Artists Rights Watch – Weekly Update 09.21.15

Big Tech Has Become Way Too Powerful: Google Is Playing By the Rules They Make | Music Tech Policy

Big Tech Has Become Way Too Powerful | NY Times

Goodlatte & Conyers Announce Copyright Review Listening Tour | Judiciary.House.Gov

Weekly Copyright Issues Wrap Up – September 18, 2015 | Copyright Alliance

Anti-piracy battle unfolds in real time on Periscope, live-streaming apps | San Jose Mercury News

After years of delay, Mega founder Kim Dotcom faces extradition | CNBC

Lessig to NZ court: Dotcom charges would fail in the US | The Register UK


Why the ‘Dancing Baby’ copyright case is just hi-tech victim shaming | The Register UK

Ninth Circuit Gets Fair Use Wrong to the Detriment of Creators | CPIP.GMU.EDU

The DMCA, Fair Use and Dancing Babies | Plagiarism Today

Lenz Ruling Isn¹t Really About the Little Guy | The Illusion Of More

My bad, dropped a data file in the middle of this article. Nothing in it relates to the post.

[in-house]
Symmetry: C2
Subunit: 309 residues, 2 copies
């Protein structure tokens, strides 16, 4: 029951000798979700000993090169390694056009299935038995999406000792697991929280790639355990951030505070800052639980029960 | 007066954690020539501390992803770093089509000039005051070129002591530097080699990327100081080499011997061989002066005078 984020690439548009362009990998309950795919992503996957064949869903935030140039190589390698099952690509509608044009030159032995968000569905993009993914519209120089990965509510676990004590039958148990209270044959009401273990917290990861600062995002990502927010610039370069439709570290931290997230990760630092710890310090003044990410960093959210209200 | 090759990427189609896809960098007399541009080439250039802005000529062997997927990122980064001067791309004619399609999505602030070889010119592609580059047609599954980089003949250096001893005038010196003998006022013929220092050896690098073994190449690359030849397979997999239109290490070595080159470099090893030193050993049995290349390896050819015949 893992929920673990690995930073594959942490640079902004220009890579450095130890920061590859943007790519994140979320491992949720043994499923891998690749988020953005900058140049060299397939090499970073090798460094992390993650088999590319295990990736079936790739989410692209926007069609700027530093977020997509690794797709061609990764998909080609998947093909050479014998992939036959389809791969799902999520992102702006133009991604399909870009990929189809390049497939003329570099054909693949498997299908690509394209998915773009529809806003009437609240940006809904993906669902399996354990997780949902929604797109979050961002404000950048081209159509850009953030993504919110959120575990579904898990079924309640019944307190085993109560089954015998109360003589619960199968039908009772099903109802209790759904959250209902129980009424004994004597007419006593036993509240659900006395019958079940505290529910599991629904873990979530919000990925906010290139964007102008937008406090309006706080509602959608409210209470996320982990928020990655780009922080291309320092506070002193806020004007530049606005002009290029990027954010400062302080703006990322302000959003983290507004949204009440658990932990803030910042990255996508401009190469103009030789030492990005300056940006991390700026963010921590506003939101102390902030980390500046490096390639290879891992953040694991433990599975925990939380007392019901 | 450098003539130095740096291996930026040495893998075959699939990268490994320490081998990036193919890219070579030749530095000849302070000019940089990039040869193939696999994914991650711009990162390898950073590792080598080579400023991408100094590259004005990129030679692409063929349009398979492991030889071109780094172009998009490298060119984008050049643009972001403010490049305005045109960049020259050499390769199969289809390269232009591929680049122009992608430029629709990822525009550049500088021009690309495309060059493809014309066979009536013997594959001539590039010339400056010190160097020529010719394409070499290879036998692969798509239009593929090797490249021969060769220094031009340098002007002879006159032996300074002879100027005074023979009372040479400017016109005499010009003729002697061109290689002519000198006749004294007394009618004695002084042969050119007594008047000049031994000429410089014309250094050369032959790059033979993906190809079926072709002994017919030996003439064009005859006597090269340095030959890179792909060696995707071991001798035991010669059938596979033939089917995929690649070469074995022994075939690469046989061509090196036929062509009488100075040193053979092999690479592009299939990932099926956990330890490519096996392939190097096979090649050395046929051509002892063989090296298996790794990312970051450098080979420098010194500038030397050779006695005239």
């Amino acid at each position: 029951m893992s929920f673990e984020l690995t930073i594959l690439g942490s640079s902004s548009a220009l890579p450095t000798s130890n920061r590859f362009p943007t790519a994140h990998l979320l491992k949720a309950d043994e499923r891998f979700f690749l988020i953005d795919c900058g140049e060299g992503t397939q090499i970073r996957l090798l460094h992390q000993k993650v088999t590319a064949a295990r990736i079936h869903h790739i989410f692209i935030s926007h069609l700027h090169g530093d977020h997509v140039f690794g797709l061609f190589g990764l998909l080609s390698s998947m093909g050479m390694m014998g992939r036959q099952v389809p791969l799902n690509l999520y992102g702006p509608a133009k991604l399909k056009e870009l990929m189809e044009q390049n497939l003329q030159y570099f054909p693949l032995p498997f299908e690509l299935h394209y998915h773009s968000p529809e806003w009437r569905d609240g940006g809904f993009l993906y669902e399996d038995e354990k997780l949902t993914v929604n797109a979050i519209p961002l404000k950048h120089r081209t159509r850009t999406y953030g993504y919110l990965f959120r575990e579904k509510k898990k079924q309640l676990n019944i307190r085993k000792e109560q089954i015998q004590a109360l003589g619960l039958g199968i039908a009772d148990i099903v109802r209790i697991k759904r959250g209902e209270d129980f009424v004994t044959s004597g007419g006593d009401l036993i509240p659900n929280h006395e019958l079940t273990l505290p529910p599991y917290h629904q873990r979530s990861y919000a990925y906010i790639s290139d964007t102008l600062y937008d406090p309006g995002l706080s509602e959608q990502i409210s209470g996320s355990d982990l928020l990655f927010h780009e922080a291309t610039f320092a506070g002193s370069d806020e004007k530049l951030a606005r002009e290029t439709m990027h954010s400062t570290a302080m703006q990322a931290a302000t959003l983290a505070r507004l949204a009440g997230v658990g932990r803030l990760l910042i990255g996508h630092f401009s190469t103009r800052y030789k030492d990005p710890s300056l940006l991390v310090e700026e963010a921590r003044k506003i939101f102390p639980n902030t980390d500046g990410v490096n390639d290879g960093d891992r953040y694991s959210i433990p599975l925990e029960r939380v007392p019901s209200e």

Why don¹t advertisers demand better from YouTube? | Vox Indie

Ad Block Apocalypse? Here’s How to Save the Web | Tom¹s Guide,news-21611.html
* Funny how things become a crisis when it’s YOUR JOB “PageFair’s report estimates that blocked ads will result in $21.8 billion of lost revenue this year alone”

Will Ad Blocking Be Google’s Kryptonite? | Seeking Alpha

Publishers panic as Apple cleans their mobile platform from banner ad addiction. |AdLand

The Pirate Bay Blacklisted By 600 Advertising Companies | Torrent Freak
* “Pirate sites will almost certainly be able to find advertisers willing to put hands in pockets but as times get tough, the quality of those ads is likely to deteriorate even further still. With that, user experience will also decline. Will pirates put up with the junk? Time will tell.²

ISPs don¹t have 1st Amendment right to edit Internet, FCC tells court | Ars Technica

Music copyright reform takes center stage in Nashville | The Tennesean

US Recording Academy launches major grassroots initiative | Music Week
* Fair Pay, Fair Play / Pre-72

For musicians it’s trickle down misery | AdLand